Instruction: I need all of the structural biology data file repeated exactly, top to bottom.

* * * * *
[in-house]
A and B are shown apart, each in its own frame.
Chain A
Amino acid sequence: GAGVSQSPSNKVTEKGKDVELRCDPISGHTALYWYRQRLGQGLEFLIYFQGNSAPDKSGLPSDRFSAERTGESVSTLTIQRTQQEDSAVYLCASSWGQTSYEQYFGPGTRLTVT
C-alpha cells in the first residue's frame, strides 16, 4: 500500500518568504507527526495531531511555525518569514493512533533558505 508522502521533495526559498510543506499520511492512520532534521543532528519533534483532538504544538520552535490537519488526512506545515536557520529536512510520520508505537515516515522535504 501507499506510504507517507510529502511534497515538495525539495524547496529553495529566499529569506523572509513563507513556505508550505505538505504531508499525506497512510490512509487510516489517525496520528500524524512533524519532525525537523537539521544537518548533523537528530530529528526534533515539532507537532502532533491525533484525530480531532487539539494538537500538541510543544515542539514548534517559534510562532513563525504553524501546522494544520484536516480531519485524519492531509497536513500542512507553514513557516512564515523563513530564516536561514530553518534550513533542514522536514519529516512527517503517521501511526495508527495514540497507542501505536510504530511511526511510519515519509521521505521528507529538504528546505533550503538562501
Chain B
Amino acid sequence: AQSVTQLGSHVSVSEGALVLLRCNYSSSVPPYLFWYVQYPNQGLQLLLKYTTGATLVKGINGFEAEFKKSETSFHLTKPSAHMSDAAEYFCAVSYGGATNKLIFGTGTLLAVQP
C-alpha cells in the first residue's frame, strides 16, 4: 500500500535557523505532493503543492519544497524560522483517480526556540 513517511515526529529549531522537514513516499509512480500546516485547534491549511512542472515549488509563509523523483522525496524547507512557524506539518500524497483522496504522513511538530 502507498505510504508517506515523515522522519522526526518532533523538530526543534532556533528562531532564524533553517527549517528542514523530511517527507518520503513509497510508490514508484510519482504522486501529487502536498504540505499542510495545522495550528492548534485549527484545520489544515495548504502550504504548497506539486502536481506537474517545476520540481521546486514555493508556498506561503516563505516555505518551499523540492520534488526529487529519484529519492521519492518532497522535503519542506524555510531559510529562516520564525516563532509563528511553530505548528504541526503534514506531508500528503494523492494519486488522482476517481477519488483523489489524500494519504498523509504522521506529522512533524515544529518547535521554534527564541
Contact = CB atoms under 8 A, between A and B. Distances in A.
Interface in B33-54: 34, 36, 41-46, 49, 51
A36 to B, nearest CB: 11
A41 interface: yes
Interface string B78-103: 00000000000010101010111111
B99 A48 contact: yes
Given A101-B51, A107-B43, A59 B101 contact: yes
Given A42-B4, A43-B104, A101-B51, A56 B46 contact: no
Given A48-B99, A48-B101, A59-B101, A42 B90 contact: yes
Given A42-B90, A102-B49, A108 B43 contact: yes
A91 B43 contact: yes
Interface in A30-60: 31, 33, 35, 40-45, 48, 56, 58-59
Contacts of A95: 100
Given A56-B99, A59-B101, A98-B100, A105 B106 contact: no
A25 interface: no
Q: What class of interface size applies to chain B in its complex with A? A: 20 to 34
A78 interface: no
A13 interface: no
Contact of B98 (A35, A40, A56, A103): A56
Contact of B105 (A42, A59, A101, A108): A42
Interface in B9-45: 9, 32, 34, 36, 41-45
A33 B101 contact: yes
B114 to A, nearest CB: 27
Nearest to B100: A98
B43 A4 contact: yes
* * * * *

[in-house]
A and B are shown apart, each in its own frame.
Chain A
Amino acid sequence: GAGVSQSPSNKVTEKGKDVELRCDPISGHTALYWYRQRLGQGLEFLIYFQGNSAPDKSGLPSDRFSAERTGESVSTLTIQRTQQEDSAVYLCASSWGQTSYEQYFGPGTRLTVT
C-alpha cells in the first residue's frame, strides 16, 4: 500500500518568504507527526495531531511555525518569514493512533533558505 508522502521533495526559498510543506499520511492512520532534521543532528519533534483532538504544538520552535490537519488526512506545515536557520529536512510520520508505537515516515522535504 501507499506510504507517507510529502511534497515538495525539495524547496529553495529566499529569506523572509513563507513556505508550505505538505504531508499525506497512510490512509487510516489517525496520528500524524512533524519532525525537523537539521544537518548533523537528530530529528526534533515539532507537532502532533491525533484525530480531532487539539494538537500538541510543544515542539514548534517559534510562532513563525504553524501546522494544520484536516480531519485524519492531509497536513500542512507553514513557516512564515523563513530564516536561514530553518534550513533542514522536514519529516512527517503517521501511526495508527495514540497507542501505536510504530511511526511510519515519509521521505521528507529538504528546505533550503538562501
Chain B
Amino acid sequence: AQSVTQLGSHVSVSEGALVLLRCNYSSSVPPYLFWYVQYPNQGLQLLLKYTTGATLVKGINGFEAEFKKSETSFHLTKPSAHMSDAAEYFCAVSYGGATNKLIFGTGTLLAVQP
C-alpha cells in the first residue's frame, strides 16, 4: 500500500535557523505532493503543492519544497524560522483517480526556540 513517511515526529529549531522537514513516499509512480500546516485547534491549511512542472515549488509563509523523483522525496524547507512557524506539518500524497483522496504522513511538530 502507498505510504508517506515523515522522519522526526518532533523538530526543534532556533528562531532564524533553517527549517528542514523530511517527507518520503513509497510508490514508484510519482504522486501529487502536498504540505499542510495545522495550528492548534485549527484545520489544515495548504502550504504548497506539486502536481506537474517545476520540481521546486514555493508556498506561503516563505516555505518551499523540492520534488526529487529519484529519492521519492518532497522535503519542506524555510531559510529562516520564525516563532509563528511553530505548528504541526503534514506531508500528503494523492494519486488522482476517481477519488483523489489524500494519504498523509504522521506529522512533524515544529518547535521554534527564541
Contact = CB atoms under 8 A, between A and B. Distances in A.
Interface in B33-54: 34, 36, 41-46, 49, 51
A36 to B, nearest CB: 11
A41 interface: yes
Interface string B78-103: 00000000000010101010111111
B99 A48 contact: yes
Given A101-B51, A107-B43, A59 B101 contact: yes
Given A42-B4, A43-B104, A101-B51, A56 B46 contact: no
Given A48-B99, A48-B101, A59-B101, A42 B90 contact: yes
Given A42-B90, A102-B49, A108 B43 contact: yes
A91 B43 contact: yes
Interface in A30-60: 31, 33, 35, 40-45, 48, 56, 58-59
Contacts of A95: 100
Given A56-B99, A59-B101, A98-B100, A105 B106 contact: no
A25 interface: no
Q: What class of interface size applies to chain B in its complex with A? A: 20 to 34
A78 interface: no
A13 interface: no
Contact of B98 (A35, A40, A56, A103): A56
Contact of B105 (A42, A59, A101, A108): A42
Interface in B9-45: 9, 32, 34, 36, 41-45
A33 B101 contact: yes
B114 to A, nearest CB: 27
Nearest to B100: A98
B43 A4 contact: yes